One yardstick that measures the distance between Overlord and most any other major-studio genre film is director Julius Avery’s loudly-stated preference for practical makeup effects over CGI effects. This is music to my ears; like many other monster lovers, nothing takes me out of the state of horror samadhi faster than the dawning realization that, without my consent, the story I am watching has become a digital cartoon.
Which is not to say that I oppose all use of digital effects; in The Perfection, for instance, I’d have been far less pleased if the filmmakers had used practical effects in the bug-vomit scenes. There’s a time and place for everything. For my taste, animated bugs are every bit as good as bugs in an actor’s mouth, while bigtime movie monsters should be visible on-set.
The plot of Overlord concerns several American soldiers who are dropped behind enemy lines the day before D-Day and stumble into secret Nazi experiments meant to create super-soldiers; thousand-year soldiers to support the “thousand-year reich.” While most other reviewers refer to Overlord as a zombie film, at no time did it occur to me that the monster Nazis were zombies – they seemed to me to be badly broken super-soldiers. That may be one reason the plot seemed fresher to me than it did to some critics; nothing in the monsters’ behavior screams ‘zombie’ to me, even after reading other people’s reviews.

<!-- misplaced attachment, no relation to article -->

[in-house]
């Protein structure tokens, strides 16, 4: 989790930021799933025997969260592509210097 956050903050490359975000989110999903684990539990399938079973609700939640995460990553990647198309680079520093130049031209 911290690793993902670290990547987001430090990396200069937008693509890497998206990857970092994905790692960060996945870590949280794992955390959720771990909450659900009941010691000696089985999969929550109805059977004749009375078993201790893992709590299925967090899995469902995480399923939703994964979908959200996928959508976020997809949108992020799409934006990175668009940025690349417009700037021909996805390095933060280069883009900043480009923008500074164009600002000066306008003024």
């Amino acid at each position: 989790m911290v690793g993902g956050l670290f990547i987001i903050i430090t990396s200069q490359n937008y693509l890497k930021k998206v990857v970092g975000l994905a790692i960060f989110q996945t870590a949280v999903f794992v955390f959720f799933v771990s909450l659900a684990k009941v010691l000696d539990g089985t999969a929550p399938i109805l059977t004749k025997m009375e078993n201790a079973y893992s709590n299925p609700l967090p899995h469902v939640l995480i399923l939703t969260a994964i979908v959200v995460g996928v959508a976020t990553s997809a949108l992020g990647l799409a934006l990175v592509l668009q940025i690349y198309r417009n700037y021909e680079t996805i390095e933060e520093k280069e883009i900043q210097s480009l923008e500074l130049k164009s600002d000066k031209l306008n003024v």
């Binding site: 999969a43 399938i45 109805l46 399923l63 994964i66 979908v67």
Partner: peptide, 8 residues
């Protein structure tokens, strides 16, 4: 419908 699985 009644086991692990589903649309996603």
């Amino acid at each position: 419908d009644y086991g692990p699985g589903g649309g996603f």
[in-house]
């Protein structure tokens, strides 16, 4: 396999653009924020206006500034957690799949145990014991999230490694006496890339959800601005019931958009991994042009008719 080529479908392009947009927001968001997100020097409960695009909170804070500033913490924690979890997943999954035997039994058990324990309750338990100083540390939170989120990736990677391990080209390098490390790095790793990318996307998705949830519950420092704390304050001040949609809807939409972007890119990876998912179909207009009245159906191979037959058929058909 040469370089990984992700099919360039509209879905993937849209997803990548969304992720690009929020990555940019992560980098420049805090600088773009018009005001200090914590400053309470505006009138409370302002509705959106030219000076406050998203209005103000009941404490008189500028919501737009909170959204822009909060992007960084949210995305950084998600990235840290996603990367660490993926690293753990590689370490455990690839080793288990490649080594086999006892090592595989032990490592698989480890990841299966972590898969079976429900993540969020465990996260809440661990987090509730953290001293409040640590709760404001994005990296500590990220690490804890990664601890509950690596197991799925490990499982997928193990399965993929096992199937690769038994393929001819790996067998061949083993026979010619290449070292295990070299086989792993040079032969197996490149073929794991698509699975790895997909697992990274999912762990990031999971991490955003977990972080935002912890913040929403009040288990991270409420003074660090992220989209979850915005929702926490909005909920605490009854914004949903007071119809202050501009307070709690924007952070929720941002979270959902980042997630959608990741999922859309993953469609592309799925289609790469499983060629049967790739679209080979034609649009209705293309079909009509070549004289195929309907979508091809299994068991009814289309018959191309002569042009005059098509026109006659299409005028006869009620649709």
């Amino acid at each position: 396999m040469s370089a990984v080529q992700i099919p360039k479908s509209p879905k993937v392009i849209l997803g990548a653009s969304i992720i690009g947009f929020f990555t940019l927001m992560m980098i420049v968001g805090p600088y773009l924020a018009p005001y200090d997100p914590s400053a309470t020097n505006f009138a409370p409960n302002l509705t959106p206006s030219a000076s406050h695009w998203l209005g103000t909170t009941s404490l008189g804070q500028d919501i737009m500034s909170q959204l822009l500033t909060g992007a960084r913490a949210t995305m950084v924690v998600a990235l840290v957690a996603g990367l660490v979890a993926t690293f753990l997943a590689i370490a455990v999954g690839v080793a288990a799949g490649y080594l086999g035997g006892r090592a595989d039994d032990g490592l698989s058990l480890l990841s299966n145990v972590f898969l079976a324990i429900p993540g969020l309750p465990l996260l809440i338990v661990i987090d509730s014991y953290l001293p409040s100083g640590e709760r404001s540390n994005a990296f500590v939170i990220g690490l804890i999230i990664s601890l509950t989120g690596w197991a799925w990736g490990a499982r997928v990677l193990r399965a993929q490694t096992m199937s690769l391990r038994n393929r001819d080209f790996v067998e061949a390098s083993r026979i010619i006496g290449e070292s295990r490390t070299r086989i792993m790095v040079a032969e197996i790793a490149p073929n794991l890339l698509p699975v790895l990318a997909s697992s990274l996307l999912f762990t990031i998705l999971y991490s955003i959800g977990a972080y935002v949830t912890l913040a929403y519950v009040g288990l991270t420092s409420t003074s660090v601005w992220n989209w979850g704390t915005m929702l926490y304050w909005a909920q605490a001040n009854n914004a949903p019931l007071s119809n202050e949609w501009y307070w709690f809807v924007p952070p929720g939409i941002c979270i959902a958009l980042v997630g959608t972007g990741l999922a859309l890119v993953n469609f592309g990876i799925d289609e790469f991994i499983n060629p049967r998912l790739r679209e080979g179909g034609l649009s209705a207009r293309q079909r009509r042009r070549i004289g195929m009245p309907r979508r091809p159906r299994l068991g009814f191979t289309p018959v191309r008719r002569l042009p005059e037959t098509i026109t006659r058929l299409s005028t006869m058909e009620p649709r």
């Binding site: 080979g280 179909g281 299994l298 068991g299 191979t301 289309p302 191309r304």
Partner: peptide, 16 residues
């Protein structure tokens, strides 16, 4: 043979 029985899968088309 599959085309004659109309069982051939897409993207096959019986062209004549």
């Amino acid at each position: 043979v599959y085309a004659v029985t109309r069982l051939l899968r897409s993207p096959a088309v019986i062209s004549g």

My patience did grow thin, however, waiting for the horror plot to get in gear; the movie is halfway through before the super-soldier serum appears to move the plot along; prior to that, occasional glimpses of villagers mutated by Nazi experiments are all we have to suggest greater terrors to come.
But they do come, and they prove well worth the wait. It causes me to look forward to Samaritan, even though most observers think the prospects for a superhero movie starring Sylvester Stallone are dim.
Midsommar (Amazon Prime)
Ari Aster’s Midsommar is not, in my opinion, the film most critics will tell you it is.
It is generally classified as a horror film, a genre it does not at all fit comfortably. It resembles in some ways The Wicker Man, another film that doesn’t rest comfortably in the category; like that film, it examines the alien nature of our culture’s pagan roots and derives fear from our limited capacity for understanding ourselves.
Dani Ardor is a college student whose life loses its moorings after her sister Terri kills herself and their parents by filling their home with carbon monoxide. The tragedy worsens Dani's already-troubled relationship with her boyfriend, Christian Hughes, a graduate student of cultural anthropology. Without informing Dani, Christian arranges to take a trip to observe the midsummer celebrations of the Harga, a Swedish commune that holds a major festival once every 90 years.